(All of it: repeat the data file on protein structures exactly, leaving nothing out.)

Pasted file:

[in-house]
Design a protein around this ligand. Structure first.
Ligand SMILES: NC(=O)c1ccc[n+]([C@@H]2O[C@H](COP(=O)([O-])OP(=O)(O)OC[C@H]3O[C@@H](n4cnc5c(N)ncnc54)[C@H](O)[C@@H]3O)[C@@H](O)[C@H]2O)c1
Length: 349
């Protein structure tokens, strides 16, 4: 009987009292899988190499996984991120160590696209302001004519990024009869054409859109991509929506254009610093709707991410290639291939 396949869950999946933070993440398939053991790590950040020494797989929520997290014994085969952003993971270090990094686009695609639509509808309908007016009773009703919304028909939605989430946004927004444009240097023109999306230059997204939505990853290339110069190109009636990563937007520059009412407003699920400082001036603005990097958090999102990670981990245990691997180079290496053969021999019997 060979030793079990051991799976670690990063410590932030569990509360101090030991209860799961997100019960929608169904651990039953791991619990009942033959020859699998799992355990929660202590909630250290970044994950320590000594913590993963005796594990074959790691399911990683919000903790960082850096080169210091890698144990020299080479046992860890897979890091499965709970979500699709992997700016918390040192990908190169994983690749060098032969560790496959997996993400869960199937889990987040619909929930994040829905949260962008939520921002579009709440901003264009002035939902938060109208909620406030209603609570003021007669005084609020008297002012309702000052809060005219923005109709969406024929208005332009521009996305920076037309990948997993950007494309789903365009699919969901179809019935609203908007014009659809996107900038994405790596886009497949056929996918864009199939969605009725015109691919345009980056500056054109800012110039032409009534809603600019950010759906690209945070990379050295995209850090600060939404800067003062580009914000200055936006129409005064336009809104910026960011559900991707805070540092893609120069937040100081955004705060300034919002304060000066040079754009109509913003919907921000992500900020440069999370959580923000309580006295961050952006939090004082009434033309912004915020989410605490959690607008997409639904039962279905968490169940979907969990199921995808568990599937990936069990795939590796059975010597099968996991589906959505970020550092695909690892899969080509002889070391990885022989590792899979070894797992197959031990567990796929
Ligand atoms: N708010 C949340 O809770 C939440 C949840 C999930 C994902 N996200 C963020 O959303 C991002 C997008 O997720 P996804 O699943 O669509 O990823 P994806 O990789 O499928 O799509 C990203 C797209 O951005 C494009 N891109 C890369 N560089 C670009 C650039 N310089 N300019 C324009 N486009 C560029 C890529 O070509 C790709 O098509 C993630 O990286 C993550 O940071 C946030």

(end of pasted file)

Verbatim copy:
[in-house]
Design a protein around this ligand. Structure first.
Ligand SMILES: NC(=O)c1ccc[n+]([C@@H]2O[C@H](COP(=O)([O-])OP(=O)(O)OC[C@H]3O[C@@H](n4cnc5c(N)ncnc54)[C@H](O)[C@@H]3O)[C@@H](O)[C@H]2O)c1
Length: 349
């Protein structure tokens, strides 16, 4: 009987009292899988190499996984991120160590696209302001004519990024009869054409859109991509929506254009610093709707991410290639291939 396949869950999946933070993440398939053991790590950040020494797989929520997290014994085969952003993971270090990094686009695609639509509808309908007016009773009703919304028909939605989430946004927004444009240097023109999306230059997204939505990853290339110069190109009636990563937007520059009412407003699920400082001036603005990097958090999102990670981990245990691997180079290496053969021999019997 060979030793079990051991799976670690990063410590932030569990509360101090030991209860799961997100019960929608169904651990039953791991619990009942033959020859699998799992355990929660202590909630250290970044994950320590000594913590993963005796594990074959790691399911990683919000903790960082850096080169210091890698144990020299080479046992860890897979890091499965709970979500699709992997700016918390040192990908190169994983690749060098032969560790496959997996993400869960199937889990987040619909929930994040829905949260962008939520921002579009709440901003264009002035939902938060109208909620406030209603609570003021007669005084609020008297002012309702000052809060005219923005109709969406024929208005332009521009996305920076037309990948997993950007494309789903365009699919969901179809019935609203908007014009659809996107900038994405790596886009497949056929996918864009199939969605009725015109691919345009980056500056054109800012110039032409009534809603600019950010759906690209945070990379050295995209850090600060939404800067003062580009914000200055936006129409005064336009809104910026960011559900991707805070540092893609120069937040100081955004705060300034919002304060000066040079754009109509913003919907921000992500900020440069999370959580923000309580006295961050952006939090004082009434033309912004915020989410605490959690607008997409639904039962279905968490169940979907969990199921995808568990599937990936069990795939590796059975010597099968996991589906959505970020550092695909690892899969080509002889070391990885022989590792899979070894797992197959031990567990796929
Ligand atoms: N708010 C949340 O809770 C939440 C949840 C999930 C994902 N996200 C963020 O959303 C991002 C997008 O997720 P996804 O699943 O669509 O990823 P994806 O990789 O499928 O799509 C990203 C797209 O951005 C494009 N891109 C890369 N560089 C670009 C650039 N310089 N300019 C324009 N486009 C560029 C890529 O070509 C790709 O098509 C993630 O990286 C993550 O940071 C946030």